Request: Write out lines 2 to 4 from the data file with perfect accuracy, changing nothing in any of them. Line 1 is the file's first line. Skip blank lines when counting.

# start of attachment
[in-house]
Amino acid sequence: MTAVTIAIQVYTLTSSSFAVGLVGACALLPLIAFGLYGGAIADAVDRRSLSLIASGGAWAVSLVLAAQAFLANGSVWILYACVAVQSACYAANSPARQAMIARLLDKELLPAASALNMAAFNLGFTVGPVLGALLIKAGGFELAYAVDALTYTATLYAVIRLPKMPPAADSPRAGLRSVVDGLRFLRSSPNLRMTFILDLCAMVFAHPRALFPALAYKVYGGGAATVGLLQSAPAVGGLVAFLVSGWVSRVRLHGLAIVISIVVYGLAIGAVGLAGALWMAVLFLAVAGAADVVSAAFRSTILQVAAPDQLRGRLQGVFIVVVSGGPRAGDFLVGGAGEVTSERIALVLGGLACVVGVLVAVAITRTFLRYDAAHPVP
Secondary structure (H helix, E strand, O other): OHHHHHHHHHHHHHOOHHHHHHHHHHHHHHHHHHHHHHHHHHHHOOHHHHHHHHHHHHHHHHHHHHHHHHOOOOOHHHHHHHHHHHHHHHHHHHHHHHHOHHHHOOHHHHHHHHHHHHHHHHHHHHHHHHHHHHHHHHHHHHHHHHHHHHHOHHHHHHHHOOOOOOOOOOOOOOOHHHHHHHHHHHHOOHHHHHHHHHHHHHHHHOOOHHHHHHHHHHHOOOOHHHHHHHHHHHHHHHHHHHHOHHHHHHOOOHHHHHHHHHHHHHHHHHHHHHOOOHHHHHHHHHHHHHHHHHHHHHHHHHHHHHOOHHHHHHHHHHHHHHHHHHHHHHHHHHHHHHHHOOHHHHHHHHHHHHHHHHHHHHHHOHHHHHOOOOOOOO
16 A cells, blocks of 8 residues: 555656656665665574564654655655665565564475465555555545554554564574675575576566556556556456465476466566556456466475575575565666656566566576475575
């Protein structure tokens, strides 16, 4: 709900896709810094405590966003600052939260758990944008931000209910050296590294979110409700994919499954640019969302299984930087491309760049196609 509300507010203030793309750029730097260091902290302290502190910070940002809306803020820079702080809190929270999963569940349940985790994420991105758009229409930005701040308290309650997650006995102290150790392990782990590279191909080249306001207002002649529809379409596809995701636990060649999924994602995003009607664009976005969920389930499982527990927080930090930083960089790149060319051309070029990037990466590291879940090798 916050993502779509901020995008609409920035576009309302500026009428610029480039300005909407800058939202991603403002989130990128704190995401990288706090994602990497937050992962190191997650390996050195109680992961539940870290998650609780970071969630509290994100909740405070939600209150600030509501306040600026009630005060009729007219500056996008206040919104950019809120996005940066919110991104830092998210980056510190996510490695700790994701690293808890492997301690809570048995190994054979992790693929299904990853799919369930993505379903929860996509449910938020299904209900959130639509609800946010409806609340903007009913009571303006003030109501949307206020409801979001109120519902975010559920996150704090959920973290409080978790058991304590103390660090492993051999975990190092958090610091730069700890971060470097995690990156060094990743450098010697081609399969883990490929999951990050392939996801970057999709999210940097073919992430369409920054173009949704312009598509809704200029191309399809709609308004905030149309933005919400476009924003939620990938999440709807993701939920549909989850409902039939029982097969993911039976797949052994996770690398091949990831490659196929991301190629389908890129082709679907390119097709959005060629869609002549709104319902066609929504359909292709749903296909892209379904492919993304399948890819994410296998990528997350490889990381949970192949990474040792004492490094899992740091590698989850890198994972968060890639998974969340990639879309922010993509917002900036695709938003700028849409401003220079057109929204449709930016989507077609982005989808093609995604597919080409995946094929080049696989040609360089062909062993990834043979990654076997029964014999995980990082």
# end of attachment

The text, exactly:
Amino acid sequence: MTAVTIAIQVYTLTSSSFAVGLVGACALLPLIAFGLYGGAIADAVDRRSLSLIASGGAWAVSLVLAAQAFLANGSVWILYACVAVQSACYAANSPARQAMIARLLDKELLPAASALNMAAFNLGFTVGPVLGALLIKAGGFELAYAVDALTYTATLYAVIRLPKMPPAADSPRAGLRSVVDGLRFLRSSPNLRMTFILDLCAMVFAHPRALFPALAYKVYGGGAATVGLLQSAPAVGGLVAFLVSGWVSRVRLHGLAIVISIVVYGLAIGAVGLAGALWMAVLFLAVAGAADVVSAAFRSTILQVAAPDQLRGRLQGVFIVVVSGGPRAGDFLVGGAGEVTSERIALVLGGLACVVGVLVAVAITRTFLRYDAAHPVP
Secondary structure (H helix, E strand, O other): OHHHHHHHHHHHHHOOHHHHHHHHHHHHHHHHHHHHHHHHHHHHOOHHHHHHHHHHHHHHHHHHHHHHHHOOOOOHHHHHHHHHHHHHHHHHHHHHHHHOHHHHOOHHHHHHHHHHHHHHHHHHHHHHHHHHHHHHHHHHHHHHHHHHHHHOHHHHHHHHOOOOOOOOOOOOOOOHHHHHHHHHHHHOOHHHHHHHHHHHHHHHHOOOHHHHHHHHHHHOOOOHHHHHHHHHHHHHHHHHHHHOHHHHHHOOOHHHHHHHHHHHHHHHHHHHHHOOOHHHHHHHHHHHHHHHHHHHHHHHHHHHHHOOHHHHHHHHHHHHHHHHHHHHHHHHHHHHHHHHOOHHHHHHHHHHHHHHHHHHHHHHOHHHHHOOOOOOOO
16 A cells, blocks of 8 residues: 555656656665665574564654655655665565564475465555555545554554564574675575576566556556556456465476466566556456466475575575565666656566566576475575